IN ONE RESPECT, LOVE is a renewal of the old Trickle Down Theory. Administration economists surmise that the kickbacks, rebates, shake-downs, and out-and-out bribes extorted from the captains of industry will be passed along to the consumer in the form of higher prices and shoddier services. "LOVE is really a blessing in disguise," suggested one expert. "It ought to give the American economy the kick in the pants it needs."
"When was the last time you heard anyone from Continental Grain complaining?" asked a colleague, with a wry chuckle.
Administration strategists are candid in their expectations. "I really think this is going to turn things around," said one "People are sick and tired of all the grubby sneaking around that's been going on. We're going to take all that and put it right out into the open. LOVE will be like a breath of fresh air."
An associate of his suggested that the problems currently besetting the government are the result of often ludicrous attempts to adopt the great ideas of modern society. "We tried Keynes, we tried Churchill, we tried Roosevelt, Lombardi, Eisenhower, of course. We even tried Kennedy. And the whole thing was ridiculous. But now we're wising up. Look who's been coming into power recently. Gerald Ford. Abe Beame in New York. And of course Malcolm Wilson up there in Albany, God bless him. Now we're stealing their plans. Exalt the ideas of midgets, if you know what I mean. You're bound to look good in comparison."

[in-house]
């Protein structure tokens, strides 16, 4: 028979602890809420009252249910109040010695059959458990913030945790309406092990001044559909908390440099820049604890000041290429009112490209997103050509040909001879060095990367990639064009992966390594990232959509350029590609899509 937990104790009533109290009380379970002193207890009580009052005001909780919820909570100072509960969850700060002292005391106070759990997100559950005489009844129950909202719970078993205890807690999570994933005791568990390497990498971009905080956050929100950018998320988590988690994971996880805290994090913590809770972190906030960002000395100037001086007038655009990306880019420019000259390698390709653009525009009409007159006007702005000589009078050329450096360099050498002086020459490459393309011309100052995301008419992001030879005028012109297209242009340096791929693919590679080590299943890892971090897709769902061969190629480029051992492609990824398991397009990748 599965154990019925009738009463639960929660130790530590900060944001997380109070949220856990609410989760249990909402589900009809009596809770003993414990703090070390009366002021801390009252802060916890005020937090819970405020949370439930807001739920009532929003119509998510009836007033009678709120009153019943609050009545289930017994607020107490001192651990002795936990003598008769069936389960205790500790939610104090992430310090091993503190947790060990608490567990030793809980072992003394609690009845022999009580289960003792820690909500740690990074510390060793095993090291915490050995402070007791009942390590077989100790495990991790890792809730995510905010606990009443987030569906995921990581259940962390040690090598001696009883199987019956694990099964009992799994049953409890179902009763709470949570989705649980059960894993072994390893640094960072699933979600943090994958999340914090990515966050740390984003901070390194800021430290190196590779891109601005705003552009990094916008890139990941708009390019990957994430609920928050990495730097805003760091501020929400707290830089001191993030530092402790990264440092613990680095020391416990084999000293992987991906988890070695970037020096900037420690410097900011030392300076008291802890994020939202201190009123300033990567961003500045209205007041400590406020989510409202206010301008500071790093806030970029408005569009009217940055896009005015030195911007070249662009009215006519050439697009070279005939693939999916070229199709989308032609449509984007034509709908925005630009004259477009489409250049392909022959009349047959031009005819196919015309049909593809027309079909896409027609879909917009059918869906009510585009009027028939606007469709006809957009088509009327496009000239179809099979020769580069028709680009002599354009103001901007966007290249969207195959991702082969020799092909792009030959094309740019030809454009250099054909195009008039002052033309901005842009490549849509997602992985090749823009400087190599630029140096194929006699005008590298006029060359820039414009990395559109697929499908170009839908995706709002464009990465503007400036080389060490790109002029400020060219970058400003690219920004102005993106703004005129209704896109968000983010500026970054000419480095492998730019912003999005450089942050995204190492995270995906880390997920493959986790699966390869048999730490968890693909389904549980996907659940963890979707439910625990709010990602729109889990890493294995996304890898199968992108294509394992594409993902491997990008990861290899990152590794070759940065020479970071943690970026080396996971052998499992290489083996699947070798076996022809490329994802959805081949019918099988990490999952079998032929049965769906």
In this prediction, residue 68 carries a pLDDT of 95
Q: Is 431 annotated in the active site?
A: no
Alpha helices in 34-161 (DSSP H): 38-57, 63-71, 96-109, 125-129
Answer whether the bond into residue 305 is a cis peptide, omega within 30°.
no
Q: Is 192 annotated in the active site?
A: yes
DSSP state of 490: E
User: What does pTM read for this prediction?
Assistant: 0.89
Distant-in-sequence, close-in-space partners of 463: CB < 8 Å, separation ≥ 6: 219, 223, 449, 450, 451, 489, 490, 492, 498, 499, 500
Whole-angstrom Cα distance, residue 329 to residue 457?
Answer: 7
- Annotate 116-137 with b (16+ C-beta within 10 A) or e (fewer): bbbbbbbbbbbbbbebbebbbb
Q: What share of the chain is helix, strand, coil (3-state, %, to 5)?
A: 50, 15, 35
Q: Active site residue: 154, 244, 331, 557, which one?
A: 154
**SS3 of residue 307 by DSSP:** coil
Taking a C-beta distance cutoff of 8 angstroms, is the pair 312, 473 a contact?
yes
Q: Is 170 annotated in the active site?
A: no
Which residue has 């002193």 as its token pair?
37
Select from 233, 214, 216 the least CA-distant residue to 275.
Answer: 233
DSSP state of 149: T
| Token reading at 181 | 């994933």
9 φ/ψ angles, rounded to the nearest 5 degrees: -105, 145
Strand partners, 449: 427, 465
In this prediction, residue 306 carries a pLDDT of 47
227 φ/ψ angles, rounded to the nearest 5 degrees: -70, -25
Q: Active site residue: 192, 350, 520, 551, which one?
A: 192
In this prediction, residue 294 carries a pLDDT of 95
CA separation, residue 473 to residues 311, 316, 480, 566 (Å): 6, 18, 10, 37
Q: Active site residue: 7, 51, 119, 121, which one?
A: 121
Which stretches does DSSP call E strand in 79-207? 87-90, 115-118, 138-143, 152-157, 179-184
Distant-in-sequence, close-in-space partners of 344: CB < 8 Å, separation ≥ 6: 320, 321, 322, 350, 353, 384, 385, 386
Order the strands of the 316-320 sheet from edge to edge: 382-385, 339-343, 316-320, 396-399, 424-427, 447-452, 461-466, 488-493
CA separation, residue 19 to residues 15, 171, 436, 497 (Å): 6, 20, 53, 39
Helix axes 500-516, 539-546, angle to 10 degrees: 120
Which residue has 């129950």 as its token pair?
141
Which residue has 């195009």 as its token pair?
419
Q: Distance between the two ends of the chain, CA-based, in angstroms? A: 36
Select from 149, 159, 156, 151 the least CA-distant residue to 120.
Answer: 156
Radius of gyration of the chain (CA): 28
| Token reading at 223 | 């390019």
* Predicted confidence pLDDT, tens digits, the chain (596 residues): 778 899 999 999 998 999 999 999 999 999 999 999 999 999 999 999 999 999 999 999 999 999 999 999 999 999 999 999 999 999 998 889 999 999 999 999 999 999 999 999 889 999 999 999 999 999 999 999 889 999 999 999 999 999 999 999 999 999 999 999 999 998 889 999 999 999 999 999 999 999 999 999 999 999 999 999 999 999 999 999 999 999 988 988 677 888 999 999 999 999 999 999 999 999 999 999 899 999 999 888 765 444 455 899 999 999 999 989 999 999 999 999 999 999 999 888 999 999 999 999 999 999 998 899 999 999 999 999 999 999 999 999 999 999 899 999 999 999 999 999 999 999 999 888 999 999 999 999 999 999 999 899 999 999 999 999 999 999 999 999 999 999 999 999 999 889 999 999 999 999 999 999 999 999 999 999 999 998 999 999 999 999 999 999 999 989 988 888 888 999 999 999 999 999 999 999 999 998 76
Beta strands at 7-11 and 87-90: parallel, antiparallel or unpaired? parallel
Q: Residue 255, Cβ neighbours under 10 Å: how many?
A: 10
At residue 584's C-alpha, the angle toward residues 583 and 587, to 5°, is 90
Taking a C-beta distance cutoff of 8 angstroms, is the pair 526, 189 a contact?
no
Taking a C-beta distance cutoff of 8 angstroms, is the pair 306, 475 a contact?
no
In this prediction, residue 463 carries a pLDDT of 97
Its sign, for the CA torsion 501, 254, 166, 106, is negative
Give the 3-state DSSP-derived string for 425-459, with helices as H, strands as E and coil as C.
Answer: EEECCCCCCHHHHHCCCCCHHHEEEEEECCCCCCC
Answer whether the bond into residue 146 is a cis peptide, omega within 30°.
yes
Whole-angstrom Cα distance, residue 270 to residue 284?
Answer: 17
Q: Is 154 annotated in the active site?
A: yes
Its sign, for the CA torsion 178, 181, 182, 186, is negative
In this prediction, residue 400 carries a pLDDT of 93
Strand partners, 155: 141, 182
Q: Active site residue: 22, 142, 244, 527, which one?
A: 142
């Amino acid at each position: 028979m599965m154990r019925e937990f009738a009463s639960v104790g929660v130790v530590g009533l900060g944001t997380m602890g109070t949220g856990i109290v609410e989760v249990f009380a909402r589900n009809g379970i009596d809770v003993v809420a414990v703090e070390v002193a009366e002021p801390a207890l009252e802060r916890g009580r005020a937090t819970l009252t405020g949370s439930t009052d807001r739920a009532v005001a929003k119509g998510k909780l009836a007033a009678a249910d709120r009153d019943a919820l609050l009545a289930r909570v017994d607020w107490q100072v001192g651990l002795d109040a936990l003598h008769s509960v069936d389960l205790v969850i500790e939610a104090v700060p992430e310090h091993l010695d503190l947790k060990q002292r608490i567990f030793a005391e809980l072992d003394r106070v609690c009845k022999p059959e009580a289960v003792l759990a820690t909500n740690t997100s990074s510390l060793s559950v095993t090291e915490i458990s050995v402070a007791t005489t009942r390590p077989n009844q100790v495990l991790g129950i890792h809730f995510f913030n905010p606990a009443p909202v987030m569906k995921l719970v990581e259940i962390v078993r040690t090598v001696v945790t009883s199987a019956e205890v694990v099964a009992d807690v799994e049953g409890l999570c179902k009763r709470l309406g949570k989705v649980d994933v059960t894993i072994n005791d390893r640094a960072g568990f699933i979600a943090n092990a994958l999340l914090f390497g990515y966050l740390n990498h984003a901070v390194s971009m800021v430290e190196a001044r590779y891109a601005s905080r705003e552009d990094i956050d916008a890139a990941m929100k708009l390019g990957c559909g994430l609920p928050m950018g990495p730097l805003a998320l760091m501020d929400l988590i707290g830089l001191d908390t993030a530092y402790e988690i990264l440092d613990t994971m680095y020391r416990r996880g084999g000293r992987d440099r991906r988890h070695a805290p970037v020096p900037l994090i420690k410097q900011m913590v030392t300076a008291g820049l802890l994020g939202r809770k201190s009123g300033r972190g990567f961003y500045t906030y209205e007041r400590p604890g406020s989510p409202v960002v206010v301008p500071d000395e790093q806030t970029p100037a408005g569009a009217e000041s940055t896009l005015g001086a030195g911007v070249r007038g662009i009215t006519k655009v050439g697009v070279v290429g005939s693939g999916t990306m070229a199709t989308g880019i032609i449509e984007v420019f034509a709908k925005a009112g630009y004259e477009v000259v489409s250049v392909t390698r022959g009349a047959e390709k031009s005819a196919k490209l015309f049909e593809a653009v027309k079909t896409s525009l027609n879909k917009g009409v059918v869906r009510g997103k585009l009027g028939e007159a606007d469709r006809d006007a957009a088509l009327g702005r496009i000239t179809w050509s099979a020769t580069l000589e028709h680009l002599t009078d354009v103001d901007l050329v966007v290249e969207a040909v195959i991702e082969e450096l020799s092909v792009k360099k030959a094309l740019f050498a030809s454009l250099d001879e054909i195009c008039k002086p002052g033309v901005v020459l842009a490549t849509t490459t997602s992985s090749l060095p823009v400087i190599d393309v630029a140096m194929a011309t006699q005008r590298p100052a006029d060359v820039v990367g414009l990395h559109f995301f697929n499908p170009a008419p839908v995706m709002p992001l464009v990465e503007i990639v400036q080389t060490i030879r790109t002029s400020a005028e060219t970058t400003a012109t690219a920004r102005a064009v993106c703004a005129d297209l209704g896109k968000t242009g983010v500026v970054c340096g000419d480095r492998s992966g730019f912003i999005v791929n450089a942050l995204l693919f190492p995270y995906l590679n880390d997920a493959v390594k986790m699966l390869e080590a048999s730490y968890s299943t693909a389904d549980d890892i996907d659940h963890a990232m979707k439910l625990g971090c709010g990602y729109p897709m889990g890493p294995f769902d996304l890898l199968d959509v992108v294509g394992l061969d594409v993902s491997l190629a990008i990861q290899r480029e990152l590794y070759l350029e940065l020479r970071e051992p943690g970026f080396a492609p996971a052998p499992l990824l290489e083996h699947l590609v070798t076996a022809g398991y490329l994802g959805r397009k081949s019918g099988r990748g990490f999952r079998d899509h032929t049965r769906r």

Crimson editorial opinions, representing the views of the staff, appear unsigned on the editorial page. Dissenting opinions expressed at editorial meetings appear on the editorial page under the designation "Minority opinion." All other pieces appearing on the editorial page of The Crimson are signed and represent only the views of their authors.
The Crimson welcomes any correspondence from its readers, and attempts to publish the letters that it receives, space permitting. The Crimson does not publish anonymous letters, although under certain circumstances it will withhold the name of a correspondent at that person's request. Any letters purporting to represent the views of an undergraduate or other organization must bear the names of at least two officers on that organization, who can be contacted in advance to vouch for the validity of the communication.